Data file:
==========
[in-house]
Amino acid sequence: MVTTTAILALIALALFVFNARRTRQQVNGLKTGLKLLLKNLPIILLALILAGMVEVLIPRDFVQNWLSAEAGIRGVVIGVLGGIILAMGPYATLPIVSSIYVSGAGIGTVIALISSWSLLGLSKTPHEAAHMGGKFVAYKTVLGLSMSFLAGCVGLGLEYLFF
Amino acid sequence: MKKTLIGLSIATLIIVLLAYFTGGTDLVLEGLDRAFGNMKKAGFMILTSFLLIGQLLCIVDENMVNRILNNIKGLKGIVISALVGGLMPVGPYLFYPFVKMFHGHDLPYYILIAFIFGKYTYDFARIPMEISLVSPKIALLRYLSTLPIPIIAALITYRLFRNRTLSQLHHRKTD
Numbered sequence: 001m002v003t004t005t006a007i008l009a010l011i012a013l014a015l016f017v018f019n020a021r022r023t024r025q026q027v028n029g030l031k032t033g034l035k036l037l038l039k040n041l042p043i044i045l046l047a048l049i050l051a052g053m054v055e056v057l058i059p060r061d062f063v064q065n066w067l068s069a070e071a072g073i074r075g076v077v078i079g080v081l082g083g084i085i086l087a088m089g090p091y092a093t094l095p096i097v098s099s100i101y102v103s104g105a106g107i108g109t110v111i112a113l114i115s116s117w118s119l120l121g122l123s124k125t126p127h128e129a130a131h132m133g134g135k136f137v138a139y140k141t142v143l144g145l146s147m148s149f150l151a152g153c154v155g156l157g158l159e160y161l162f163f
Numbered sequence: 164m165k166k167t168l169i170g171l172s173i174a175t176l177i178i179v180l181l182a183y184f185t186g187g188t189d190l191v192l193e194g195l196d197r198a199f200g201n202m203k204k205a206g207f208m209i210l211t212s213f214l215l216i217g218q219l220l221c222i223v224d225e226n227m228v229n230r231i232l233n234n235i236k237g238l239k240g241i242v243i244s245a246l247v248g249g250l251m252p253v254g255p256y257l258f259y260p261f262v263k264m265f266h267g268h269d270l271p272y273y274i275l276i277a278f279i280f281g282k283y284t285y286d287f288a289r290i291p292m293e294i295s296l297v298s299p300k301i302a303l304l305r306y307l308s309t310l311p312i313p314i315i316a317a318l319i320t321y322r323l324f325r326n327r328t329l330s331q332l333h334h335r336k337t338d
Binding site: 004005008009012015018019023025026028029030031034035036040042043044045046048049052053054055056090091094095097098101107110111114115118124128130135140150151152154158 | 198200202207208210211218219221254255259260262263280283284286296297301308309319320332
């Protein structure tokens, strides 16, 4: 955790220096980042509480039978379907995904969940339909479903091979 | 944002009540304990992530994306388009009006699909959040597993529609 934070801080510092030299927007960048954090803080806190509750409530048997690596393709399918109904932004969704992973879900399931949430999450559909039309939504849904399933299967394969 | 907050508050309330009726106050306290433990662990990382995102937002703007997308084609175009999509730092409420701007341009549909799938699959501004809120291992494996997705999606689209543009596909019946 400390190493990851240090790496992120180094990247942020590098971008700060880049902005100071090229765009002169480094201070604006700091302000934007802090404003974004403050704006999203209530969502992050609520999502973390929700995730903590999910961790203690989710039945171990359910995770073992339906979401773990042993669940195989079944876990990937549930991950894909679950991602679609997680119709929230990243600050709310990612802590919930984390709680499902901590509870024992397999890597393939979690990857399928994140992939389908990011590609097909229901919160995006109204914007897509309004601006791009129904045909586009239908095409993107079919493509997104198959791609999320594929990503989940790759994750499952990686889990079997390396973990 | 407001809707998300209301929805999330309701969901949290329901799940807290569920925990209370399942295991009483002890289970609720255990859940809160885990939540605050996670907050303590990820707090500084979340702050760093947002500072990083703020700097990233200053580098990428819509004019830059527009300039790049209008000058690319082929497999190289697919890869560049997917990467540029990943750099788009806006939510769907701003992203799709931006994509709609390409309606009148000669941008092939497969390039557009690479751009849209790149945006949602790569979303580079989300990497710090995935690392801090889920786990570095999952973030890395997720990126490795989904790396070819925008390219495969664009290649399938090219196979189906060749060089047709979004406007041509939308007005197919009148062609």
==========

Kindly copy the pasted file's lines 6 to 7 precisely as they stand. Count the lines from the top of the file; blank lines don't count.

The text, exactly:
Binding site: 004005008009012015018019023025026028029030031034035036040042043044045046048049052053054055056090091094095097098101107110111114115118124128130135140150151152154158 | 198200202207208210211218219221254255259260262263280283284286296297301308309319320332
């Protein structure tokens, strides 16, 4: 955790220096980042509480039978379907995904969940339909479903091979 | 944002009540304990992530994306388009009006699909959040597993529609 934070801080510092030299927007960048954090803080806190509750409530048997690596393709399918109904932004969704992973879900399931949430999450559909039309939504849904399933299967394969 | 907050508050309330009726106050306290433990662990990382995102937002703007997308084609175009999509730092409420701007341009549909799938699959501004809120291992494996997705999606689209543009596909019946 400390190493990851240090790496992120180094990247942020590098971008700060880049902005100071090229765009002169480094201070604006700091302000934007802090404003974004403050704006999203209530969502992050609520999502973390929700995730903590999910961790203690989710039945171990359910995770073992339906979401773990042993669940195989079944876990990937549930991950894909679950991602679609997680119709929230990243600050709310990612802590919930984390709680499902901590509870024992397999890597393939979690990857399928994140992939389908990011590609097909229901919160995006109204914007897509309004601006791009129904045909586009239908095409993107079919493509997104198959791609999320594929990503989940790759994750499952990686889990079997390396973990 | 407001809707998300209301929805999330309701969901949290329901799940807290569920925990209370399942295991009483002890289970609720255990859940809160885990939540605050996670907050303590990820707090500084979340702050760093947002500072990083703020700097990233200053580098990428819509004019830059527009300039790049209008000058690319082929497999190289697919890869560049997917990467540029990943750099788009806006939510769907701003992203799709931006994509709609390409309606009148000669941008092939497969390039557009690479751009849209790149945006949602790569979303580079989300990497710090995935690392801090889920786990570095999952973030890395997720990126490795989904790396070819925008390219495969664009290649399938090219196979189906060749060089047709979004406007041509939308007005197919009148062609």